“My humanity is bound up in yours, for we can only be human together.” — Desmond Tutu
As parents, we know that part of our job is to have big conversations with our kids about life’s important topics. Yet when these topics are complex, charged, or nuanced, it can be difficult to know where to start.
That’s why, when it comes to having life’s big conversations with my own children or our TQS students, I find peace in our school’s Quaker roots.
Quakers embrace the principles of tolerance, equality, and spirituality. They believe in an emphasis on service, social action, and learning by experience, and are committed to community, responsibility, stewardship, and environmental sustainability. Keeping these principals at the center of big conversations makes discussing any topic less daunting.
Right now, we are leading from this Quaker space of acceptance and openness as we celebrate Black Lives Matter at School, a week of action focused on racial justice in education.
NOT affiliated with the Black Lives Matter organization, Black Lives Matter at School is an open-source curriculum designed by a group of educators. It includes lesson plans and classroom resources that challenge racism and oppression and provide students with the vocabulary and tools to take action.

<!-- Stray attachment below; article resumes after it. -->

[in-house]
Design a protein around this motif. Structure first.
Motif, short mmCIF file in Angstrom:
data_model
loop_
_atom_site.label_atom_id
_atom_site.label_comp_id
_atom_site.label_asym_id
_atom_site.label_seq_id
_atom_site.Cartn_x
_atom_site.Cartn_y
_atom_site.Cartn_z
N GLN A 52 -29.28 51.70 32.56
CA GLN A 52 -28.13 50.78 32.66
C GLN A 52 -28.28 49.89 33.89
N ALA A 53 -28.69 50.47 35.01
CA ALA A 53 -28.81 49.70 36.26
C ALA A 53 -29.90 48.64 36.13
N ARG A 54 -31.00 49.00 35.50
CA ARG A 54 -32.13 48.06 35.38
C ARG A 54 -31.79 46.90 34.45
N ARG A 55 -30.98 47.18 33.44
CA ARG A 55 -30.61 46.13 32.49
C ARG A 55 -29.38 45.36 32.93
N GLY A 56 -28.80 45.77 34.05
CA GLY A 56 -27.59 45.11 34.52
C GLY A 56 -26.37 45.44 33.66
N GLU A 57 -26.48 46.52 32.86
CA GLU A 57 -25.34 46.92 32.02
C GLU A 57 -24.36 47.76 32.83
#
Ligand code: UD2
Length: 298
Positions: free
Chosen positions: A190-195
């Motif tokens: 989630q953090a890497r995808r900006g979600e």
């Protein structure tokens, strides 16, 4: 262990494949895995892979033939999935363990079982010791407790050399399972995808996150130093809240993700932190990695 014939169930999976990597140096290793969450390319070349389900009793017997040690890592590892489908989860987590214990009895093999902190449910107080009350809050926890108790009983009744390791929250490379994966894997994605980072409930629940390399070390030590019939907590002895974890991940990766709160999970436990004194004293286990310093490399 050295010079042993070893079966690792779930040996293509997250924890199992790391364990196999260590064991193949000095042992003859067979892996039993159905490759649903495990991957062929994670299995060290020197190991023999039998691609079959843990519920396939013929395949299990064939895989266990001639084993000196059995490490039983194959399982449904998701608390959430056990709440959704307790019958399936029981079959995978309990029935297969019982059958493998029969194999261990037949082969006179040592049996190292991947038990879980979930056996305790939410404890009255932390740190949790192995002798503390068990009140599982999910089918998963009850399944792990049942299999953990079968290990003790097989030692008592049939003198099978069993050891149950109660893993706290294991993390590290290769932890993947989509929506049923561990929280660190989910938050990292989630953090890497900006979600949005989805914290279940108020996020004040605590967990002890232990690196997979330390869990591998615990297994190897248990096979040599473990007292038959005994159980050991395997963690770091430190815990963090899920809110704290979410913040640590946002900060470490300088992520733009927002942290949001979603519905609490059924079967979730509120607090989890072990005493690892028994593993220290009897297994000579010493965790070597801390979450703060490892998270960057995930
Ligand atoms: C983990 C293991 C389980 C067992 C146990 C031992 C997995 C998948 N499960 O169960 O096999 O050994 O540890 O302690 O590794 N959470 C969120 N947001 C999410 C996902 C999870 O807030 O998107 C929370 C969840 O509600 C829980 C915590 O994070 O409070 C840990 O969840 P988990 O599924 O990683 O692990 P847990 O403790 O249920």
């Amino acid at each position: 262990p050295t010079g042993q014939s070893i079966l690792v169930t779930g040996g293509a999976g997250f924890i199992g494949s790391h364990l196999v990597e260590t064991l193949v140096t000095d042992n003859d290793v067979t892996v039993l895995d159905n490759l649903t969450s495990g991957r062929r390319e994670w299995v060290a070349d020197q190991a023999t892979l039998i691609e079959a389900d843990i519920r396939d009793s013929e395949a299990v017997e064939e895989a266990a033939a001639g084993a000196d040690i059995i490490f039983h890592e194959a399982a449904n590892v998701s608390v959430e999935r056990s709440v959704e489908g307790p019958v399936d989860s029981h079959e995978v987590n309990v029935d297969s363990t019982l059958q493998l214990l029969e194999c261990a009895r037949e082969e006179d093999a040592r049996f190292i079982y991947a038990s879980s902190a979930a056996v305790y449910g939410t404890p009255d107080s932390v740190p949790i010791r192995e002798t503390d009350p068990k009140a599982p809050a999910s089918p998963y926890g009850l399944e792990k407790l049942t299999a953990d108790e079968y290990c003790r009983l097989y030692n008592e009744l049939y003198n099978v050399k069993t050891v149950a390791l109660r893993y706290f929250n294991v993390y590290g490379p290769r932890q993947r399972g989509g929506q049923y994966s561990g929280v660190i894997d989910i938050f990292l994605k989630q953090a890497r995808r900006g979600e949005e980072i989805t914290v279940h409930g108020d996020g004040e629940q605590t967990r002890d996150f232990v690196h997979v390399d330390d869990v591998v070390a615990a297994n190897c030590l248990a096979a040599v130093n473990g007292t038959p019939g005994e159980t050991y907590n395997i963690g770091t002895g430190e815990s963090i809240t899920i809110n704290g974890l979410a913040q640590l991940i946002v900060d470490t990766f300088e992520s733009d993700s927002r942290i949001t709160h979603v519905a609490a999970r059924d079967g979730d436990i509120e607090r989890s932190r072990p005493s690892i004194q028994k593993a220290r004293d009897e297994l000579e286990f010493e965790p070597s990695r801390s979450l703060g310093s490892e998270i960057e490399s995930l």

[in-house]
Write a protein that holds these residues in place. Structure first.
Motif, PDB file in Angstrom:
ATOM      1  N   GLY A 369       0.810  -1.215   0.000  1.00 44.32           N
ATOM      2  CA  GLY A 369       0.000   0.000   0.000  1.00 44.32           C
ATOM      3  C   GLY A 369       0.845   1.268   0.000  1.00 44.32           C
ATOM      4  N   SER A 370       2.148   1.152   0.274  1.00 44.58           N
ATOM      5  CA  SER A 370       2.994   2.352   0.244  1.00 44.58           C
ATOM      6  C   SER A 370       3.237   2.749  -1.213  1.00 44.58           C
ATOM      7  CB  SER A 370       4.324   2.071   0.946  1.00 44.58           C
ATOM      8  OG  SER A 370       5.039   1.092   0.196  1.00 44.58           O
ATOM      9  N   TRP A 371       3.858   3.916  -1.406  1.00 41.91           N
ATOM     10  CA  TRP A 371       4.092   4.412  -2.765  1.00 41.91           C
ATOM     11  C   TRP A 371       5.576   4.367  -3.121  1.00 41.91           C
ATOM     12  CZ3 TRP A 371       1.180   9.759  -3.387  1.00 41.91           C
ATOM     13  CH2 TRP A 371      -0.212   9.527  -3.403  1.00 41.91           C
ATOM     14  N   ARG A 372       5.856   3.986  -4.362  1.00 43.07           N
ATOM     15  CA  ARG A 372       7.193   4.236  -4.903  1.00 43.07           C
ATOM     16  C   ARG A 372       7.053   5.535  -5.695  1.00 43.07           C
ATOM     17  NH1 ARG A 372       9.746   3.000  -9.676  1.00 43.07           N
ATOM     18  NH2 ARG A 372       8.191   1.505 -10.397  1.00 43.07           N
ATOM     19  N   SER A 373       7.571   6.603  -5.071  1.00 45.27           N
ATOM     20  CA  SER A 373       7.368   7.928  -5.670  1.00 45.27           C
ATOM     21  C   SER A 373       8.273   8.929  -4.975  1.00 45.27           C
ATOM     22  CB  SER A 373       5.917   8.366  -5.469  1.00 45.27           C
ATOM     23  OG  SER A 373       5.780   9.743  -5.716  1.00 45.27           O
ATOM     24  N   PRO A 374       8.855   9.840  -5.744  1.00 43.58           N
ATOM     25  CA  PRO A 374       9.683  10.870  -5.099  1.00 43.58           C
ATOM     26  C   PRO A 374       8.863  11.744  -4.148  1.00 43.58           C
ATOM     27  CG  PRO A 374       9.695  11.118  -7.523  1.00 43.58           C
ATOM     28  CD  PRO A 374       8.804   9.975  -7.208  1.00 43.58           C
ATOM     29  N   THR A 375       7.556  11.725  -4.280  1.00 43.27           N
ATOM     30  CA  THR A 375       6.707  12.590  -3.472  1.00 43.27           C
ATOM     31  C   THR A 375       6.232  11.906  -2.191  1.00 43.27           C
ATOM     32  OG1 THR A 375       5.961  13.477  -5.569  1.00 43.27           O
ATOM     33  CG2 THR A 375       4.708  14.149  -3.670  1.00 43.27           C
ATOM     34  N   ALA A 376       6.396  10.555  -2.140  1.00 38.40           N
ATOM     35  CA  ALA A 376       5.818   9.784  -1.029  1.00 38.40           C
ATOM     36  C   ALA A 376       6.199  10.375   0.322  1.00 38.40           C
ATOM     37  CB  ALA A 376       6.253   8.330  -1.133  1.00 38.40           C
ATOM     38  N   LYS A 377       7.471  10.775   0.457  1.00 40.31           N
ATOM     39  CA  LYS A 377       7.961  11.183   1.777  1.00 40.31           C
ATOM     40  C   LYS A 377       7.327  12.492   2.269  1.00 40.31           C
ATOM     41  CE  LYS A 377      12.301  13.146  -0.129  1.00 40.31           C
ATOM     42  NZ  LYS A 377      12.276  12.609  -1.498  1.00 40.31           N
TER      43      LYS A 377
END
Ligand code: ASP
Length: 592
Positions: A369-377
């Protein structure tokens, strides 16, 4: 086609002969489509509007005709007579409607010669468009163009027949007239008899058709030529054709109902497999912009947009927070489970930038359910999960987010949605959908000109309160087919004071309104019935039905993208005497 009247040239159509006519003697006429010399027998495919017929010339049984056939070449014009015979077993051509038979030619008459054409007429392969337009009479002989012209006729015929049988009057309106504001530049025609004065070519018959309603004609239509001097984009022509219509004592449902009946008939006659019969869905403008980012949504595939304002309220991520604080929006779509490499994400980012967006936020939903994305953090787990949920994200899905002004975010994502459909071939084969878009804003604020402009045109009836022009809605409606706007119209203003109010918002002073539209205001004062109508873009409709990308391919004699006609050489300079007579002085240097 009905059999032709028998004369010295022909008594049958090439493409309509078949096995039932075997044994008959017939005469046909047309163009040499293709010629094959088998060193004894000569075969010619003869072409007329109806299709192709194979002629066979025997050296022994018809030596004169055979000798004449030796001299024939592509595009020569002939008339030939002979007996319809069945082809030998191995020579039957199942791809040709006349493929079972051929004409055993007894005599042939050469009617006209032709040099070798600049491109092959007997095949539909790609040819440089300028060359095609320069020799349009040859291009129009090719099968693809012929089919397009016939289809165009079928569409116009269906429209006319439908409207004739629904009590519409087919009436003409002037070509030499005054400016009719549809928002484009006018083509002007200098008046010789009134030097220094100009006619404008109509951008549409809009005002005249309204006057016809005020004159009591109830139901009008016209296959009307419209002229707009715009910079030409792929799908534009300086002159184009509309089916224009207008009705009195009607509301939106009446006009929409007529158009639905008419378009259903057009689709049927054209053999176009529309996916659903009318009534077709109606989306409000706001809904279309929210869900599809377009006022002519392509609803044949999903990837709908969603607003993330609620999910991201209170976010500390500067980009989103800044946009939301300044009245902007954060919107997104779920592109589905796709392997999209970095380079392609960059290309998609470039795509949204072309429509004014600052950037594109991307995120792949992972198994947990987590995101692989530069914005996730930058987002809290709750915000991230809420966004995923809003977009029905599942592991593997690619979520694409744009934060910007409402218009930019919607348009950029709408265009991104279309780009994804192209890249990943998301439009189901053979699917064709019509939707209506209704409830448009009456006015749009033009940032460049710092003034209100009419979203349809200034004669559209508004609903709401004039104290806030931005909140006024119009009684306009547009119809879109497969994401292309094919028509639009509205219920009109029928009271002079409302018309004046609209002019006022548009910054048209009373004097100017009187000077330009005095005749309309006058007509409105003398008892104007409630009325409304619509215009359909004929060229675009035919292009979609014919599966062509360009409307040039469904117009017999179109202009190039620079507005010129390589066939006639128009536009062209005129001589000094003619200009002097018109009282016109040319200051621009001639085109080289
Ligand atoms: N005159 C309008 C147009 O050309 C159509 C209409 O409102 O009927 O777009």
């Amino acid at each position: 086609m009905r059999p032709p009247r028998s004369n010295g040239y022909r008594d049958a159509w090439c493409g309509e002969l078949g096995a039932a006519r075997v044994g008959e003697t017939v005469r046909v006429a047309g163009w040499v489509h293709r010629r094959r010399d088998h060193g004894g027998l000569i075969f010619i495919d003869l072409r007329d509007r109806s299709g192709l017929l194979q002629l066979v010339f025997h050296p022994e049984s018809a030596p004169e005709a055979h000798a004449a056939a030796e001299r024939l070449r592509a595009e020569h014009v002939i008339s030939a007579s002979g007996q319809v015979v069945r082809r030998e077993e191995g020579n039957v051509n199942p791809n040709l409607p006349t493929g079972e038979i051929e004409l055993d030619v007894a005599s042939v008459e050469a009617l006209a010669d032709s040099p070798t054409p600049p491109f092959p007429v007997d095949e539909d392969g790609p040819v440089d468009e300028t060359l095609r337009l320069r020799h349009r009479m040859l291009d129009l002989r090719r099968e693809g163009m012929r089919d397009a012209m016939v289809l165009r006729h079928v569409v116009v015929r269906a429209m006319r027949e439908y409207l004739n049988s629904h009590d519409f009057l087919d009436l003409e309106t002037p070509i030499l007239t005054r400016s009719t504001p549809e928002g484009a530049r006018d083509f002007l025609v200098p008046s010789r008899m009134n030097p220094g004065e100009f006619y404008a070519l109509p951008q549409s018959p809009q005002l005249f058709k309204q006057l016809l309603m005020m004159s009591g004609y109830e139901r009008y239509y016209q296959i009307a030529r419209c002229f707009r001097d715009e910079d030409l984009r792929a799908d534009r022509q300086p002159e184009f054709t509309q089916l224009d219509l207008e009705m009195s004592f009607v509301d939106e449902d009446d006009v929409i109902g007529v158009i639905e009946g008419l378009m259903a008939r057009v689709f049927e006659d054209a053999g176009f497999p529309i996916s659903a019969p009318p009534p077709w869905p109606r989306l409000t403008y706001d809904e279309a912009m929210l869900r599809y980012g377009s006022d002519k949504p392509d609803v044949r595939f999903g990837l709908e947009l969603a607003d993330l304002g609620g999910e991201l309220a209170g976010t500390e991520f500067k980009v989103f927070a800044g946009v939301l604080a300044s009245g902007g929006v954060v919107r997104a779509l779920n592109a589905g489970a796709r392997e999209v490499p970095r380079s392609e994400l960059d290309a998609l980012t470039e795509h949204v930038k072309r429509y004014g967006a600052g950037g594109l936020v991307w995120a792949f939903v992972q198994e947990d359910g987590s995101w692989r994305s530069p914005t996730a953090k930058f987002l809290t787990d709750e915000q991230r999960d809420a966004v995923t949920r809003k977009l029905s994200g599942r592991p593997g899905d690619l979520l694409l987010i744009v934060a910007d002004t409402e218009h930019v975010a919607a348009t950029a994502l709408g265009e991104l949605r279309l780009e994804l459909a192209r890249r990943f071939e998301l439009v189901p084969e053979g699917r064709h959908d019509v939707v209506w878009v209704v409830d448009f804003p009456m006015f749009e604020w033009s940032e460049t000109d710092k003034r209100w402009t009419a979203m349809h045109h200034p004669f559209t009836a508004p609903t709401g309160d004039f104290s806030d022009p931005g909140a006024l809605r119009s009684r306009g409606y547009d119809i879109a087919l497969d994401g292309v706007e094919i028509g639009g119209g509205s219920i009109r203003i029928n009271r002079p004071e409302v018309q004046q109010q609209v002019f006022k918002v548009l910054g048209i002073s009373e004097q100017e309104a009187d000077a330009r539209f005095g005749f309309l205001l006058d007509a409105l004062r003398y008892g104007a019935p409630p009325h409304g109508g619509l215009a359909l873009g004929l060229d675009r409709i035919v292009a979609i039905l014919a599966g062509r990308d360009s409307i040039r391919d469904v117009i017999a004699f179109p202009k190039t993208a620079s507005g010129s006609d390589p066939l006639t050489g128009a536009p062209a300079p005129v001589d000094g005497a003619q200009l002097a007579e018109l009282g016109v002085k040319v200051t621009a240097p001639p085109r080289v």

As we celebrate Black History Month and amplify black voices in our classrooms, we also remind our students that diversity and inclusion are more than a monthly “theme” – they are part of the fabric of our school. We want all of our students to understand that our differences are what make our TQS community shine.
We start these big conversations here, but we encourage parents to continue them at home.
If you’re struggling to know where to begin, I welcome you to read my latest blog post: Big Conversations: Talking About Diversity with Your Child with Complex Challenges. In it, I offer some simple tips on how to get complex conversations started.
By talking to our children with complex challenges about large societal and life issues, we can better prepare them to meet the world with light, love, and acceptance — something that will benefit us all.